Some behind the scenes tech at how a Waymo computer system can process the world around it in full 360 degrees. With so many eyes on the road, and each item's location and speed being tracked and predicted, how could there be any doubt that this is not just almost equivalent to what a human could do, but is actually two or three orders of magnitude more than a human could accomplish. This tech knows how fast all the cars and peds are moving, simultaneously, on a very busy street! It even knows if a car is about to run a red light and slows down to just miss it, and then continue. This will save lives. AV will save lives and should be embraced sooner, not later. PRISM Engineering is supportive of a full adoption of implementing AV tech in Smart Cities that can take advantage of Vision AV0, where autonomous vehicles and grade separations are the answer to reducing vehicle fatalities. We need this sooner than later.
Self driving cars will change everything, for the better. They will increase capacity of the roadways by three times minimum, and that means more room for bike lanes, ped lanes, and medians and rail. It means a lot of good things. Its not just Google pioneering on this, far from it. Giant Tech companies are way ahead in my opinion, because they actually BUILD cars, and Google is making things from scratch, hence the little bug like cars. Recently, Google announced that it would be testing its prototype of a driverless car on roads in the summer of 2016 inside of California. Many still think that Self-driving cars are a futuristic idea, decades out. This simply is not true. Numerous car companies are ALL working on it, all independently. Ford, Mercedes, BMW, and Tesla, etc. all have self-driving features in the works.
I believe we should be embracing this technology because it is going to vastly improve the quality of life and help lower vehicle miles traveled, lower or eliminate congestion, eliminate accidents, reduce the death rate of 30,000 dead each year by significant margins. They will also enable the idea of shared vehicles with businesses like UBER leading the way in changing the culture of vehicle ownership vs. shared vehicles.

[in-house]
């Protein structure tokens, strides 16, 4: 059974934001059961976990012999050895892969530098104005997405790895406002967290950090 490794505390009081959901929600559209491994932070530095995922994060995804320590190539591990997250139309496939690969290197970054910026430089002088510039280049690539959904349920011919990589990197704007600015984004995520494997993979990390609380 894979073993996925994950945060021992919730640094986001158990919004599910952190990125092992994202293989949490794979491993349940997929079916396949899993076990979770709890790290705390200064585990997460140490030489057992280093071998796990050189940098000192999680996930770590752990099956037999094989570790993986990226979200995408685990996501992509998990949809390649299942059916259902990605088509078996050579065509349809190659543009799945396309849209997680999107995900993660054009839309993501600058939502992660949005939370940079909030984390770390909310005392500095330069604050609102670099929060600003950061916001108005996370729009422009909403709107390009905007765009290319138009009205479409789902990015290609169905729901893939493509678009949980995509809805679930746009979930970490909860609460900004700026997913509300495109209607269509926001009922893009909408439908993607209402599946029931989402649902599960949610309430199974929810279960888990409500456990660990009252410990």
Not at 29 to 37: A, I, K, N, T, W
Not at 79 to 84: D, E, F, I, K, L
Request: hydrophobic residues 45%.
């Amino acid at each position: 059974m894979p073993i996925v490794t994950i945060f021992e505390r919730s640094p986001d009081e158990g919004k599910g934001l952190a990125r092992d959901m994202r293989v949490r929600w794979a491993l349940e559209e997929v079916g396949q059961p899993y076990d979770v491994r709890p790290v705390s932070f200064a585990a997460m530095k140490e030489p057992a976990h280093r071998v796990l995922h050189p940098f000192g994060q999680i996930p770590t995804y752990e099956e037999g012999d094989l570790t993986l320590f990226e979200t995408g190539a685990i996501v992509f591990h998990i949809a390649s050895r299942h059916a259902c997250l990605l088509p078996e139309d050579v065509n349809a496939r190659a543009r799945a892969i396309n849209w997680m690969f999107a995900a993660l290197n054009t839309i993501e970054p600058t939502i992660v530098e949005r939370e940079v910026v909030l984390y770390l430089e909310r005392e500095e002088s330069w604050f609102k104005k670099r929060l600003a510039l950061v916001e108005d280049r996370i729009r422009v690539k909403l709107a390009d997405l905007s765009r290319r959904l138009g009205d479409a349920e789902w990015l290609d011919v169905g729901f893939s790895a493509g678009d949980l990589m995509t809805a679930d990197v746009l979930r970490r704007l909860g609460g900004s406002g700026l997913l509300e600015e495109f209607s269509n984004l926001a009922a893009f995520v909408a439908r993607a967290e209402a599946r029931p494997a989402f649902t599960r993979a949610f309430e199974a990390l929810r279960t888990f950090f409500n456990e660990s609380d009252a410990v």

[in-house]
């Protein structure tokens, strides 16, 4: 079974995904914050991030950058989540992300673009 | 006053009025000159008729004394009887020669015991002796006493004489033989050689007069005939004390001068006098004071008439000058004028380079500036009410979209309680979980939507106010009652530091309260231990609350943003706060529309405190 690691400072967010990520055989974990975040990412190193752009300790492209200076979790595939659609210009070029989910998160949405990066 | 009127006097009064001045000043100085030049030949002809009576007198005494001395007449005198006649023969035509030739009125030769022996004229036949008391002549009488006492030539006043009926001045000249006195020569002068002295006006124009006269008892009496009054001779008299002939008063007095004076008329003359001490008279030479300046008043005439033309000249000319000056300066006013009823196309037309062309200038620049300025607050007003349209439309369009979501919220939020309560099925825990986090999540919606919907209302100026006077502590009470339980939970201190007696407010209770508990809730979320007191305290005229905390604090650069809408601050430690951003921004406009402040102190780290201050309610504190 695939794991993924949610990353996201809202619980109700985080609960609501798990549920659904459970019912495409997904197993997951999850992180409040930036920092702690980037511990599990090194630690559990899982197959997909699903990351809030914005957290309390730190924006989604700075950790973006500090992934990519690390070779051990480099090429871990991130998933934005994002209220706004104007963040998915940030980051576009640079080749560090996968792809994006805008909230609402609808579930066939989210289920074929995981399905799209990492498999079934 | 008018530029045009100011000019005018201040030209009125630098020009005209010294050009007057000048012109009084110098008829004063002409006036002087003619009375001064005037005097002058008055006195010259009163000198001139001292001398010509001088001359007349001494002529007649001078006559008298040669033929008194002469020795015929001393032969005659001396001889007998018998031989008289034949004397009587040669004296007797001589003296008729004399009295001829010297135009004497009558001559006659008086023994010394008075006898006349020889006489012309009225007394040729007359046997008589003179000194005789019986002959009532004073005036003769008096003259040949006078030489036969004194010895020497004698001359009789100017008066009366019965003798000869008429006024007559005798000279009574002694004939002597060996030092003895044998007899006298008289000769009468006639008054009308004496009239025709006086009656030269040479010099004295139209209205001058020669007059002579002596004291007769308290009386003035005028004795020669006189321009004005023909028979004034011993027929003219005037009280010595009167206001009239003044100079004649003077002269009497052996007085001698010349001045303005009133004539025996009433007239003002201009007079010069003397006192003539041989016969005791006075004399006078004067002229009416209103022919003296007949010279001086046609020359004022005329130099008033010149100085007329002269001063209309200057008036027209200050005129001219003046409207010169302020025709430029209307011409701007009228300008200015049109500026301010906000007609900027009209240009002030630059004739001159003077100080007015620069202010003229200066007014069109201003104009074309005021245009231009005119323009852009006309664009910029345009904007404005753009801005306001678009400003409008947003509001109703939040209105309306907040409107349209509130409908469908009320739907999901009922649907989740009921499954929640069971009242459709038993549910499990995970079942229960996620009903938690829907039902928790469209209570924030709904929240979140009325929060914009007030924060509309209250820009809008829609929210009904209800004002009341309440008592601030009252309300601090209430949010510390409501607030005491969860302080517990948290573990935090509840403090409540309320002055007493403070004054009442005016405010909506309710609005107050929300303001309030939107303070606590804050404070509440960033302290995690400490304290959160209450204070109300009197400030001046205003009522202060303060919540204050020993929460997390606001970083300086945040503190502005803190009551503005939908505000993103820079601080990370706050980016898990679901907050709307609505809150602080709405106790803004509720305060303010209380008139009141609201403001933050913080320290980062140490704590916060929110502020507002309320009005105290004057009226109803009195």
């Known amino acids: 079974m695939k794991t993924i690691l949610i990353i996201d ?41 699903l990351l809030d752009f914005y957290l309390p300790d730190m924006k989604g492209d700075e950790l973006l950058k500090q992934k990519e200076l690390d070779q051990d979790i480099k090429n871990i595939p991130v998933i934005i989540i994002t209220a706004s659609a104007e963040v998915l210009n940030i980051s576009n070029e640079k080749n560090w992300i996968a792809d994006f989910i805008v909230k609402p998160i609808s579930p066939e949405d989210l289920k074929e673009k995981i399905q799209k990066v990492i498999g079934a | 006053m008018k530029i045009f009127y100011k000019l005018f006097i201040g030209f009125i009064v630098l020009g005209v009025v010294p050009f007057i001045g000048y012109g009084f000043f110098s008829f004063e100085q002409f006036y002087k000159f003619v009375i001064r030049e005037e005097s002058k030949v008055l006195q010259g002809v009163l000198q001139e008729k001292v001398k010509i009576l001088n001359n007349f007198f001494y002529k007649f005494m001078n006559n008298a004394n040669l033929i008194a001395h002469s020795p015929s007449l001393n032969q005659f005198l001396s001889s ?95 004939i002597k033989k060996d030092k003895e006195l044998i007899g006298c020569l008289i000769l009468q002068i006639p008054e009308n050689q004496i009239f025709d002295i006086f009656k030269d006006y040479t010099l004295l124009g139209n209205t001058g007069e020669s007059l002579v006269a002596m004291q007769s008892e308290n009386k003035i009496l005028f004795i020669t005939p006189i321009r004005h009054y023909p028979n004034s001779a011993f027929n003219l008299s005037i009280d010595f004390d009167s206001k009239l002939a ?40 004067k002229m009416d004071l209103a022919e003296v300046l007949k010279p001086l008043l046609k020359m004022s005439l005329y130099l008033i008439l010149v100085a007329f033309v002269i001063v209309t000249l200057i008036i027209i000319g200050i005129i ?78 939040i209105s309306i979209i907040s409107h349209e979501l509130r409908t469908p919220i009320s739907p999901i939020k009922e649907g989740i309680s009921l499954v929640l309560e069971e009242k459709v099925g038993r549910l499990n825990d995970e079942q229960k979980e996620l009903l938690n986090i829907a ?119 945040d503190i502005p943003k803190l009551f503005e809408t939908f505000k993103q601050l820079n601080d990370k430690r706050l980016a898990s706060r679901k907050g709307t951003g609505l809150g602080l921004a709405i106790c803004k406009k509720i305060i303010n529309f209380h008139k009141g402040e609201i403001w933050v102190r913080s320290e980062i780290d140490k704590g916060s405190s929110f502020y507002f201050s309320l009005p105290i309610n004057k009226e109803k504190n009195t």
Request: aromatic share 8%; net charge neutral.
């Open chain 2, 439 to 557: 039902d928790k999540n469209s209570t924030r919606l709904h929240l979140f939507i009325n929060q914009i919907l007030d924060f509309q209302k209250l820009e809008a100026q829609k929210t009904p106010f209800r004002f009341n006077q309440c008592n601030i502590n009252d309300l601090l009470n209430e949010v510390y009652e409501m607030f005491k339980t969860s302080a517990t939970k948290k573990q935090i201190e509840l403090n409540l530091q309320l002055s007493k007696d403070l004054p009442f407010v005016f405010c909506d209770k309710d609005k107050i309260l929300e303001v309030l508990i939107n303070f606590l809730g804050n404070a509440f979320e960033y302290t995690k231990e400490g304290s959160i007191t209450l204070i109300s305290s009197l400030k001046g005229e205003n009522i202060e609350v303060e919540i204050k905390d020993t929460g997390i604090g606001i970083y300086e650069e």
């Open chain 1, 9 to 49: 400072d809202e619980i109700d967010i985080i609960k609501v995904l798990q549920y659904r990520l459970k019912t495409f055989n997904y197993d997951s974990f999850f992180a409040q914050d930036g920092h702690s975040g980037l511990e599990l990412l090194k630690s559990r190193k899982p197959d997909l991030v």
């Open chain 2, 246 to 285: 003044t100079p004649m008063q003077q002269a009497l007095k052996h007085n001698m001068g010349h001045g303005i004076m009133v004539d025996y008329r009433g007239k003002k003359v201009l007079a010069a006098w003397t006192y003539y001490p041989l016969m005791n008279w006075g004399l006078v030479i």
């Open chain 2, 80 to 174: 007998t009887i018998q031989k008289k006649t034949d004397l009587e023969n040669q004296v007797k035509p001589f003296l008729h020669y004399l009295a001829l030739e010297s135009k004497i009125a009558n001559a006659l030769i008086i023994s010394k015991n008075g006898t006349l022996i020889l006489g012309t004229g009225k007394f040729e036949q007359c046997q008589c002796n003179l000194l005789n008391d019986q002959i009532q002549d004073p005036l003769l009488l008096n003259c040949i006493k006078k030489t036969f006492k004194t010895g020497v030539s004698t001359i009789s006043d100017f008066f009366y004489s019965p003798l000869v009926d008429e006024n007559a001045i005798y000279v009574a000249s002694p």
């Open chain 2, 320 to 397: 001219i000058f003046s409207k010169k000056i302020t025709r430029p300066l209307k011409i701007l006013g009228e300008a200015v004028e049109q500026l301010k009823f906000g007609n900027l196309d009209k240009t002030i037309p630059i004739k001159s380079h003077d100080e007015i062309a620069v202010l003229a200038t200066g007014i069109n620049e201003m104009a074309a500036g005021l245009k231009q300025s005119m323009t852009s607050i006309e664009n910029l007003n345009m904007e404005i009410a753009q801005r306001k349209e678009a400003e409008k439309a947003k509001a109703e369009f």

But Bullet Trains are still the rage in some countries, like China where I lived for 2.5 years. I rode these fantastic trains. They are awesome and useful and BEAT the car ride HANDS DOWN because you go much faster and also don't have to have the stress of driving.
But let's bring that to the USA and see how it fits here. First of all, 100% of the people here have a car, or two, or more. In China, only 10% have cars and in very poor cities, even less. This is such a huge and significant cultural difference in how we move about. So the transportation market to choose to ride a train is much much higher in China than in the USA because of this little talked about demographic: Car ownership. If those people without a car in China want to travel to a nearby city they have to take a train, or for more money, a bus. If they can afford a Bullet Train ticket, they will take a Bullet Train and get there 4 or 5 times faster, but for a corresponding increase in price. Most ride the cheap trains out of necessity.
Once a bullet train gets installed in California, China will be another decade ahead of us in terms of infrastructure installed and possibly technological advances in HSR. They already have, right now, these trains connecting at high speeds between ALL major cities in that country, and we have nothing like that. In fact, we have nothing even similar because the antiquated AMTRAK train is just that. The Bullet Train in California when finally fully constructed in 20 years will be a start but it will serve a very small demographic of people who live here, and it may be less than state of the art in the world.
How Googles Self Driving Car WORKS--
TWO YEARS AGO: One of Google's safety drivers takes a ride in their second generation vehicle, the Lexus, to understand how Google's self-driving technology works on the road.
Now they feel they are READY FOR THE ROAD!
Grant Johnson, registered Traffic Engineer, shares insights and experiences from around the world.